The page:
Skip to main content
Free UK Delivery over £50 - We design and develop in the UK - 30 days for Returns

The last ten Munros

The last ten Munros

Diary extracts from closing a tenth round of Munros, September to November 2018

photo by Craig Allardyce
photo by Craig Allardyce

Written by Hazel Strachan.

Photos by Hazel Strachan, Tim Hall and Craig Allardyce

Beinn Bhuidhe, Beinn Ime, Ben Narnain, Ben Vane, Ladhar Bheinn, Luinne Bheinn, Meall Buidhe, Ben Cruachan, Stob Diamh and Carn an Tuirc

‘Only ten Munros… Just ten Munros. That is all.’, I wrote in my diary in the middle of September 2018. I was on the verge of fulfilling an ambition to climb, to ‘complete’, all of Scotland’s 282 mountains over a heightof 3,000 ft for a tenth time. One ‘round’ of climbing all 282 mountains was never going to be enough for me. I was poised to become the fifth person,(first woman) to do this.

It’s customary to throw a party or at least open a bottle of Champagne at the summit to celebrate the end of a journey climbing the Munros.

How easily was Igoing to find it to climb these last hills? Was the weather going to take me bysurprise and prove to be the biggest challenge to planning abilities? It was early autumn, a season which can be counted on to providing some beautifulstill days in amongst incoming wet weather from the Atlantic.

Thursday 27thSeptember 2018.

Diaries out tonight. I’m a bit worried in case work spills over into the weekends because the weather has been abysmal this September to make any headway with outdoor work. I’ve set my ‘compleation’ party date for the 3rd November. The date feels far away just now but I may just need all the available time. I need three days to get into Knoydart to climb Ladhar Bheinn, Luinne bheinn and Meall Buidhe - the crux of the ten mountains. Their remote location and westerly situation could prove to be a problem If the weather isn’t reasonable. It’s agamble which goes with having to climb specific mountains within a time scale. Raincould shroud the far west from Mallaig up to Skye for days. Carn an Tuirc in Glenshee will be my last Munro – an easy short ascent with ample parking so my non-hillwalking friends can come along. It’s a central location to travel to from anywhere in the country, and being easterly there is a better chance of adry day.

Saturday 29th September. Climb Beinn Bhuidhe.

I changed over the plans for each of the days of the weekend; poorer weather of low mist then rain for Saturday, brighter but gusty for Sunday. I’ll leave the better day to Climb Beinn Narnain, Ben Ime and Ben Ime as it is a longer day out. The views down Loch Lomond and Loch Long aretremendous, a vista worth saving for a good day.

I didn’t expect the mist to swath the hills almost down to the bottom of the glen. Once I left the track at Inverchorachan I followed the small path up the side of the burn right up onto the face of the mountain. I relaxed and enjoyed the autumnal colours in the small world around me.Conditions were windless. I loved feeling the awareness of my body moving over the rough path. I ascended 3,000ft with ease.

There was strong wind on the summit so I didn’t linger. Still no rain but the mist was damp. I moved quickly down into the windless vacuum of the side of the mountain.

Sunday 30th September. Climb Beinn Narnain, Beinn Ime and Ben Vane

The best place to be at moment was lying face down on the steep ground. I hadn’t expected the strong gusts blowing between BeinnChorranach and Ben Vane. Showers blasted in with the wind and stung my eyes. Justas quickly as the wind came it disappeared. I had started walking fromInveruglass in the half light of dawn. The cold wind had been increasing as I had ascended Beinn Narnain. Cloud held off the summit until the last 200ft of Beinn Ime. A quick calculation of a compass bearing and it wasn’t long till I was back out of the greyness of the mist into the dull autumn colours. I had to adjust my hat and hood as the wind was blowing straight into my face. The Tyndrum Hills were shrouded in cloud. I was glad to be on hills so far to the south which, by their nature and location, didn’t hold as much cloud.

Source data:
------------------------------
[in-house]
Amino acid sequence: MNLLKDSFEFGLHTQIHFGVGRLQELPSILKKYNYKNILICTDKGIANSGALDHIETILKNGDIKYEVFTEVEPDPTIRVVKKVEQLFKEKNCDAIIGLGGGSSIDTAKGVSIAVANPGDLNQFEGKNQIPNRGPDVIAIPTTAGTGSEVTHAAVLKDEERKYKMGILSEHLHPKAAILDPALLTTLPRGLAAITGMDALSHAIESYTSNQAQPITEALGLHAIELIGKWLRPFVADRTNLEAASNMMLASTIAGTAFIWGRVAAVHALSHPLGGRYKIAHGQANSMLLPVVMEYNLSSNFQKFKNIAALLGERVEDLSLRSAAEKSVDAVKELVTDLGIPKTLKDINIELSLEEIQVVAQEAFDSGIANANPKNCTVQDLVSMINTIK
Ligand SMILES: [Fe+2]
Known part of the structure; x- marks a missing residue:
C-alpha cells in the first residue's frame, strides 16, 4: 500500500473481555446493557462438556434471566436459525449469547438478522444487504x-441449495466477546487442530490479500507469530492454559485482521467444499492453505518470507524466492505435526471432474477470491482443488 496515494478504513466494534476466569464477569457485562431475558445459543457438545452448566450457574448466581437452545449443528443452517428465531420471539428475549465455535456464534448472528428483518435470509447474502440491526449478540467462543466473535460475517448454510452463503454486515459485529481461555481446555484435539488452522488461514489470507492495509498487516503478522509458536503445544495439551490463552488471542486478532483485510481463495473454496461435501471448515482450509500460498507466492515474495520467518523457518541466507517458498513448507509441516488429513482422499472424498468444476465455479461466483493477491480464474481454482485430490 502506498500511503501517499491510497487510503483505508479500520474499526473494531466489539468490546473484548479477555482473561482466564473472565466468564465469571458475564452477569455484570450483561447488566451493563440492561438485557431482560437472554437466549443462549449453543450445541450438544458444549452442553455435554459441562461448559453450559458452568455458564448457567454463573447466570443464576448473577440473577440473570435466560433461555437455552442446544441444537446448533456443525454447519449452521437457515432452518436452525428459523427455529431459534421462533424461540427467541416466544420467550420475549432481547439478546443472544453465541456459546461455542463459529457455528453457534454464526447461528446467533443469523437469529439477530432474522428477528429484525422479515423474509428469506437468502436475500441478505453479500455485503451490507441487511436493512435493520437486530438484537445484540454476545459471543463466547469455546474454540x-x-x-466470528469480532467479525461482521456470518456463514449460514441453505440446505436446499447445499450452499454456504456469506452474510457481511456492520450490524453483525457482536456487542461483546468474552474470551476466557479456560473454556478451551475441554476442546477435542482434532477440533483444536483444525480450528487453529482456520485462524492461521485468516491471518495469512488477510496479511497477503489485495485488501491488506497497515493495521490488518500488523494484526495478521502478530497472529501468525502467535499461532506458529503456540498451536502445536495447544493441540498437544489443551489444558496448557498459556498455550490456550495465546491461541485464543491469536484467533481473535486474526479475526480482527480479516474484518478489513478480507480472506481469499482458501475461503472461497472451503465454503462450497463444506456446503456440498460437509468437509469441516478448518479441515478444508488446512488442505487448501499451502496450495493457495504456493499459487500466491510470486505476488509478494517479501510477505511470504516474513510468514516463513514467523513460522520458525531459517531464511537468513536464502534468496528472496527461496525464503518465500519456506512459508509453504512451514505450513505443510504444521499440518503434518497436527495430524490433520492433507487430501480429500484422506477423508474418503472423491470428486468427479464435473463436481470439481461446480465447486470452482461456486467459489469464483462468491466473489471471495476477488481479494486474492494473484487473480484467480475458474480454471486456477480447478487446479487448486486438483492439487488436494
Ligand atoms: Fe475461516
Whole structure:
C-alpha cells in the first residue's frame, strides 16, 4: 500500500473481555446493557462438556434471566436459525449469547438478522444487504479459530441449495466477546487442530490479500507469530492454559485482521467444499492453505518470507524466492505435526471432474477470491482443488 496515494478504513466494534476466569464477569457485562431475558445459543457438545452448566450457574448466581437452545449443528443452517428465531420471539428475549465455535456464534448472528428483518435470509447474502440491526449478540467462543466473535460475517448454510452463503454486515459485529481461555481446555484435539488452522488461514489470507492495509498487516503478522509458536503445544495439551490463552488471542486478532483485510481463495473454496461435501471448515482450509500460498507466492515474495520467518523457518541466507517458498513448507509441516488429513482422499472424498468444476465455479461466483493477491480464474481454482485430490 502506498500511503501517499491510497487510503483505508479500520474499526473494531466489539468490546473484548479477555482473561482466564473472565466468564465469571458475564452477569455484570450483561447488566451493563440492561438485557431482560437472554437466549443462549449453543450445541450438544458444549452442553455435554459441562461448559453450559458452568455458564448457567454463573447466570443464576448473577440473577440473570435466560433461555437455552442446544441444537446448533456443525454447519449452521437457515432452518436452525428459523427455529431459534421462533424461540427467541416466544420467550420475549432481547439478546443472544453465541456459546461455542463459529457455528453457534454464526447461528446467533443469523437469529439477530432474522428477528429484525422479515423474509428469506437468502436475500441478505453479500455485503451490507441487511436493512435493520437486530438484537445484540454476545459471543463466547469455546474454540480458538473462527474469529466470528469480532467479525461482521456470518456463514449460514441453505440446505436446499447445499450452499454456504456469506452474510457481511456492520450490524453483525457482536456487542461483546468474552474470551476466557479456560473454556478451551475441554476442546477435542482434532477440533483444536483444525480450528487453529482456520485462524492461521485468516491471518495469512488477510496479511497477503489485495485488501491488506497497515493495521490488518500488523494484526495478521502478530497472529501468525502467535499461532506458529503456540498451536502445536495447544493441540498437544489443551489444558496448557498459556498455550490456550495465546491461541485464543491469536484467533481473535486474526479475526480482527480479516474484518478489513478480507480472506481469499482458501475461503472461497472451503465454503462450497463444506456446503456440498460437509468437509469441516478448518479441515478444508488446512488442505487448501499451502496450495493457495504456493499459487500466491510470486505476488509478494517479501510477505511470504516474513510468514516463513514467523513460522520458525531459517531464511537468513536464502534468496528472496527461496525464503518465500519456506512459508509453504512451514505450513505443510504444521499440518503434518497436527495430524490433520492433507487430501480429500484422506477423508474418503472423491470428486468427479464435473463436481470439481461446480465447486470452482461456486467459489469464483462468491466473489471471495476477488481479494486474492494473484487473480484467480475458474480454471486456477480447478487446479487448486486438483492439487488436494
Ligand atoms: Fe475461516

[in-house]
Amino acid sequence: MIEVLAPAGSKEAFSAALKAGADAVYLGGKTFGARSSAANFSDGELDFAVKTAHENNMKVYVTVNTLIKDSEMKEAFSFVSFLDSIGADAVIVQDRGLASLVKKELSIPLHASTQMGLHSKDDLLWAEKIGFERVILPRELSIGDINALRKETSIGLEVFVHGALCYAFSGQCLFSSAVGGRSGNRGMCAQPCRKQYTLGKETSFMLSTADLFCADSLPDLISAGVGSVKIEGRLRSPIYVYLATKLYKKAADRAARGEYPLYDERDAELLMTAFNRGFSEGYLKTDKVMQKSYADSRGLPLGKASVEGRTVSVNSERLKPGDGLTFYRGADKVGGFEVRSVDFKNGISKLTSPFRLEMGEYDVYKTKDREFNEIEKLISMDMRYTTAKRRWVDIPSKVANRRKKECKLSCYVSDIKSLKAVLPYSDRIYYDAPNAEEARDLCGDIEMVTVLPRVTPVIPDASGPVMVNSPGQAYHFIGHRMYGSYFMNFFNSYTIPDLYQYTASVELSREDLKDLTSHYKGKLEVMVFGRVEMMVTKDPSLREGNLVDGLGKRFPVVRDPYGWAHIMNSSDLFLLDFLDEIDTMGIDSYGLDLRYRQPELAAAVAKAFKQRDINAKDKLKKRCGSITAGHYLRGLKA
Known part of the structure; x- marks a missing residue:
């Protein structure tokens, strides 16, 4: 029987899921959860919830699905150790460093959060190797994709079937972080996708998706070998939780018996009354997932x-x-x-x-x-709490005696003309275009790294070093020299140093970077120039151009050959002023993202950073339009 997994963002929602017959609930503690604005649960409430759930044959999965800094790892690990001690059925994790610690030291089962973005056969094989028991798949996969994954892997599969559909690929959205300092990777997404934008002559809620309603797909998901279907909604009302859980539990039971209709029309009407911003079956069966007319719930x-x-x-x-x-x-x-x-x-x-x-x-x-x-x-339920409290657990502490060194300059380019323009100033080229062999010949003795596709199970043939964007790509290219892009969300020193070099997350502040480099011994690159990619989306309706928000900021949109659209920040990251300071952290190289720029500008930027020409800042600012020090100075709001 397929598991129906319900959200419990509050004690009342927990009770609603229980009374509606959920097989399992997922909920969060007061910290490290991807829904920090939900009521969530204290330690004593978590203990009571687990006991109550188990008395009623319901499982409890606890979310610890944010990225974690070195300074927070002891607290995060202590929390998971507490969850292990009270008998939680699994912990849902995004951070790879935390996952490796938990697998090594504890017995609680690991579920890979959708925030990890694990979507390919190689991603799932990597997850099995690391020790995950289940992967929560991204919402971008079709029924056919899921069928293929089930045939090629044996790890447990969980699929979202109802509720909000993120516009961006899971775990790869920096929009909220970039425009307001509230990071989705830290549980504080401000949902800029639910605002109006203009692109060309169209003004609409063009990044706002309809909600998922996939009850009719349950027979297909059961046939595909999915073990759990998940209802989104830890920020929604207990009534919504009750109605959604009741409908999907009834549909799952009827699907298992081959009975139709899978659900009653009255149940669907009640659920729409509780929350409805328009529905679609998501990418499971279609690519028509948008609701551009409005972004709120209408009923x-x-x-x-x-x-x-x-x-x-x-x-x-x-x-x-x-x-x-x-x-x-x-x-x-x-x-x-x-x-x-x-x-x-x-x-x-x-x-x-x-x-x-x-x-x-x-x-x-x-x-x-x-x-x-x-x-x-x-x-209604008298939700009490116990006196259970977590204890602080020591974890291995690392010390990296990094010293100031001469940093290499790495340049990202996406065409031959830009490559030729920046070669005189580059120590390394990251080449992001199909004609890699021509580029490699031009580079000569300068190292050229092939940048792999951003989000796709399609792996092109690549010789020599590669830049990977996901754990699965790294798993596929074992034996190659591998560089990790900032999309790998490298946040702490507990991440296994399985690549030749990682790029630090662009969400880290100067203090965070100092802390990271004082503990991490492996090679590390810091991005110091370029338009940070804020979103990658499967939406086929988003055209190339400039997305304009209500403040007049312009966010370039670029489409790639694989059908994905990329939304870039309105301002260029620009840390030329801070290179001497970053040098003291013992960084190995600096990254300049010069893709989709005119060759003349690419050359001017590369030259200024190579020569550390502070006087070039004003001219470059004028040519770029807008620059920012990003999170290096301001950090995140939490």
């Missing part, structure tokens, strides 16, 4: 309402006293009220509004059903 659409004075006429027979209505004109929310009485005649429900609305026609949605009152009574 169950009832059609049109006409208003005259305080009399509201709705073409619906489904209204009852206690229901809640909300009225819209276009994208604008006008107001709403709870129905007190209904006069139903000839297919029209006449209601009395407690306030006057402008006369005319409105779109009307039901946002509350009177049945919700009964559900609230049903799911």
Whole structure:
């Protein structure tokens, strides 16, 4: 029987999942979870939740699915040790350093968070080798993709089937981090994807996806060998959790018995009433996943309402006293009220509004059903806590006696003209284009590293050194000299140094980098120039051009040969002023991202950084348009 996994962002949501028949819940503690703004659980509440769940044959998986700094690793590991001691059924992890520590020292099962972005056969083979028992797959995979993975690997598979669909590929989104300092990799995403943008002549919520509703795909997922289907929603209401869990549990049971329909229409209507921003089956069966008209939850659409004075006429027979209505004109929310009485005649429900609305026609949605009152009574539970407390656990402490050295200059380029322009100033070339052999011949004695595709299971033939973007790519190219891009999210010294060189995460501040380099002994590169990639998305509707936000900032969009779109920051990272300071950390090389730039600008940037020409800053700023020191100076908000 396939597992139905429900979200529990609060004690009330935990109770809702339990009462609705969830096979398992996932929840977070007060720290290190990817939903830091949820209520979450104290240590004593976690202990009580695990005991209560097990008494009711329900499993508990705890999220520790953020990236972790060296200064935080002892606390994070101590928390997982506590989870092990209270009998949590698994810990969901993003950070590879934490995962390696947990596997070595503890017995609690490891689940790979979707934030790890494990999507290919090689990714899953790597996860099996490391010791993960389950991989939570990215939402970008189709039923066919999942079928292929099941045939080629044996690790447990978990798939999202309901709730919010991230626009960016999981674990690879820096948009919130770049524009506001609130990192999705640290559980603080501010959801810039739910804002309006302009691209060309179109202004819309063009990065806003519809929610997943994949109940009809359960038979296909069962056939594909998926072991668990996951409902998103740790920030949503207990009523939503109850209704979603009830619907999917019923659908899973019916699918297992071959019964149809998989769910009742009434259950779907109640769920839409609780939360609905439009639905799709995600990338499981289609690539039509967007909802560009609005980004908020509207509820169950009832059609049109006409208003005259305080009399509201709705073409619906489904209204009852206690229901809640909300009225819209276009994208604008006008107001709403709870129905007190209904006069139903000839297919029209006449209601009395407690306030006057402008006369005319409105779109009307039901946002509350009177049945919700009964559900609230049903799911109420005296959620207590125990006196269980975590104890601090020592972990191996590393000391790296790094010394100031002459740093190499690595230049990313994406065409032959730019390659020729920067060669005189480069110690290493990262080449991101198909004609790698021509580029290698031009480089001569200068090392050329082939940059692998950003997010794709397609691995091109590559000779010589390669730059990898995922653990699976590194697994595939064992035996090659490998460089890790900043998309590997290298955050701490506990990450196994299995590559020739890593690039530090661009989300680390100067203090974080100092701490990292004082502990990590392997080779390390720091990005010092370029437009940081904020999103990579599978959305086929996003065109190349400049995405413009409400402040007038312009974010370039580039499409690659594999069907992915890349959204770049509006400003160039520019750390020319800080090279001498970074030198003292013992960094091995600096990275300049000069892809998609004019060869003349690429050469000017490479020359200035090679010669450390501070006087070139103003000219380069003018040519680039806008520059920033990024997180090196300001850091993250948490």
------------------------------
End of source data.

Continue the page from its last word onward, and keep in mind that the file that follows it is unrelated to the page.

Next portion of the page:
I picked myself up only to be knocked back onto to the ground. I would be back on the ground orelse bracing myself against the wind a couple more times on the gnarly back off Ben Vane. The summit came quickly. Climbing into a notch between two rocks Iwas finally out of the grasp of the cold wind and I have a late lunch. To my amazement, as I descended down the gnarly twisting path, there was very little wind on this side of the mountain.

Saturday 22nd September. Climb Ben Cruachan and Stob Diamh.

I’ve not often traversed Ben Cruachan and Stob Diamh in the summer as I love saving it for a winter traverse. I walked out from a sea of cloud along the top of Cruachan dam. The summits rose up into the blueness of the noon sky. I hadn’t started to walk until mid – morning as the forecast waspoor. Unfortunately I was to summit Cruachan in thick mist; a band of cloud hadswallowed up the ridge. I climbed down the narrow chimney down onto the path,the usual route in winter as the south face is banked up with snow I followed the distinct path for the rest of my time on the ridge.

looking back to Ben Cruachan – 23rd September 2018
looking back to Ben Cruachan – 23rd September 2018

Not long afterwards the cloud cleared away to above the summits. It is only when I was starting to descend from Stob Diamh that the summits became shrouded in cloud once again.I’ve been so lucky today, the wind speed is low, the views beautiful all around. It’s not easy fitting such a high west coast peak into a short timescale and getting good weather. I hadn’t been expecting to have left So Many West Coast Mountains until the end of the round but that is how it’s turned out. Today I’m lucky, very lucky.

Wednesday 3rd October.

The weather forecast is looking good; in fact it’s simply fantastic- a weather window sandwiched between days of endless rain and strongwinds. A consistent line of ‘E’ forexcellent visibility in the weather forecast; wind speeds are dropping throughout Friday into Saturday. A summit bivvy is a distinct possibility; I feel excited at the possibility. Temps will be freezing and below, wind chilldown to -5C on the summits. By 8 pm I’m packed. I’ve remembered my down booties for additional comfort for the two nights I’ll be out. I’ve been through my check list in my head to make sure all is packed; route plans have been discussed with Ian, my husband, and he has a paper copy of my route.

Thursday 4th October.

I can’t remember the last time I was THIS tired after a short week at work. I need a good sleep tonight. The next two days are going to be a lot of climbing and the last thing I want to be is tired before I’ve set off. I’m parked up at Kinloch Hourn, currently sitting in the boot of the car wrapped in my sleeping bag. It’s raining.

Friday 5th October. Climb Luinne Bheinn and Meall Buidhe.